I'm pretty sure every sleep expert I've ever come in contact with has warned against the evils of technological devices in the bedroom. Things like sleeping with the TV on all night and using your phone under the covers (don't act like you've never gotten sucked into the black hole of social media at 1 a.m.) can seriously mess with your sleep cycle because of that heinous blue light. Add that on top of whatever Mercury in retrograde has in store for you, and you're basically screwed.
In an exclusive interview with Elite Daily, Colin Espie, a University of Oxford professor and co-founder of Sleepio, says using your smartphone less throughout the day is obviously ideal, but at the very least, try to put the device away an hour before bed so you can actually detach and decompress.
4. Create And Stick To A Nighttime Routine
Personally, I've gotten into the habit of sticking to a regimen every night that includes a hot beverage (Tea Forte's blends are currently my go-to), an hour of TV time, an hour of reading, and a quick skincare and dental hygiene routine to complete the night. Now, I'm also a stickler for good habits, but according to Sleep Cycle's survey results, I'm not the only one.
According to the survey results sent to Elite Daily, Americans love their sleep rituals. Interestingly enough, 28 percent of participants said they need to sleep with a fan on or white noise playing to guarantee a good night's rest, while 26 percent prefer a hot bath or shower to calm their mind and body. Find what works for you, and stick with it!
5. Track Your Sleep And Make Adjustments Accordingly
Now, I realize not everyone reading this is going to be 100 percent convinced that the Mercury retrograde is going to have any effect on their sleep cycle. For the non-believers out there (and, you know, anyone who's relatively curious), this tip's for you.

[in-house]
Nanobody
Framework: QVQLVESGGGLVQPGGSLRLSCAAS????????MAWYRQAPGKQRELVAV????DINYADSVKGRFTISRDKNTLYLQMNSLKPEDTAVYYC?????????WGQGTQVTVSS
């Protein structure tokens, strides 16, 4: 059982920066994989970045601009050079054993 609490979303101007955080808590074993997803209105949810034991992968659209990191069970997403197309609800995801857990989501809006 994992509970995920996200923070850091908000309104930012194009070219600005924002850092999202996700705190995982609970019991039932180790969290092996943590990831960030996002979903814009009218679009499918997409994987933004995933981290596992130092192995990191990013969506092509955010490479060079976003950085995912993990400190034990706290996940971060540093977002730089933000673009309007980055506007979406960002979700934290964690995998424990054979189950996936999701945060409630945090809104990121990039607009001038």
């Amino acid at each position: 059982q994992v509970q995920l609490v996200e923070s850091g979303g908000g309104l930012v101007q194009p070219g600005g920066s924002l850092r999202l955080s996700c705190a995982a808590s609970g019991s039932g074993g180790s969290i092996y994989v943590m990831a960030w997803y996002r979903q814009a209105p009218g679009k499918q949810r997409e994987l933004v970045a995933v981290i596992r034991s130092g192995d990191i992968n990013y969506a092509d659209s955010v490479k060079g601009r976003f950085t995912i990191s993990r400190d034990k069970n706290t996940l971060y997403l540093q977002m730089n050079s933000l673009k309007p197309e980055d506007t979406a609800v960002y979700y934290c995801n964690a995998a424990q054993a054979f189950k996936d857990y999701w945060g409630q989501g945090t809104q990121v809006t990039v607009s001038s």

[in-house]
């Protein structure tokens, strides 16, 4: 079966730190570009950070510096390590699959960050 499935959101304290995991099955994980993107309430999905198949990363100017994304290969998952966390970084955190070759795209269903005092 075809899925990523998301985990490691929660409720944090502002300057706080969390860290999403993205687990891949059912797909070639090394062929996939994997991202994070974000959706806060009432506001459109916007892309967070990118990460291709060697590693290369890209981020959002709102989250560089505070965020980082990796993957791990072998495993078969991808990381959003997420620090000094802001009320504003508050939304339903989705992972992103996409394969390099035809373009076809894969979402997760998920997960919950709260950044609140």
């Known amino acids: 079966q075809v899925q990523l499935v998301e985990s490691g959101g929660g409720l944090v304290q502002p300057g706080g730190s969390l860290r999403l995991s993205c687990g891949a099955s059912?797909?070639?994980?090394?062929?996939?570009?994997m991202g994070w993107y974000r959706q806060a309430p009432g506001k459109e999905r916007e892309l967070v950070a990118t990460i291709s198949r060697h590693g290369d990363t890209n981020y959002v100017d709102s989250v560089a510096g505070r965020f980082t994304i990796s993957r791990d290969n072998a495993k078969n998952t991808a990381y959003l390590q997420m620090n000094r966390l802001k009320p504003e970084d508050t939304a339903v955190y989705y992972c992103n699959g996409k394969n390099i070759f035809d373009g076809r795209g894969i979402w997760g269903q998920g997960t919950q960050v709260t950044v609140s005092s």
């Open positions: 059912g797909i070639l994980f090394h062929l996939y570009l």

Regardless of whether or not the solar system has anything to do with it, it's always a good idea to keep track of your sleep patterns, especially when things go awry in the night. Espie points out to Elite Daily that the sooner you identify sleep problems, the sooner you can fix them.
If you don't have a few minutes to jot down the details of the night in a journal, technology is on your side. Use a fitness tracker with sleep-tracking features for a general assessment, and "you'll be sure to conquer bad sleep" ASAP says Espie.
6. Nap If You Need To
I know myself, and I am a raging monster after a nap. Tired as I may be, snoozing during the day rarely helps, but that's because I know no boundaries and disregard details like how long you're actually supposed to nap for, what time of day is best for a nap, and the like.
Having said that, however, if you follow a couple of simple guidelines, naps are a solid option when the Mercury retrograde is making you lose sleep. Chris Brantner, sleep science coach and founder of SleepZoo, tells Elite Daily the ideal nap should only be about 10 to 15 minutes max, and you should start your siesta no later than 2 p.m.
According to Espie, when you're behind on your beauty rest, your "sleep debt," aka your sleep deficit as a result of not getting enough hours of shut-eye, will inevitably make you feel even more exhausted. The solution, he tells Elite Daily, is to pencil in a quick cat nap in an attempt to catch up and feel a little more lively. "Just don't overuse this," he warns.
Bring on the retrograde, Mercury! We've got this.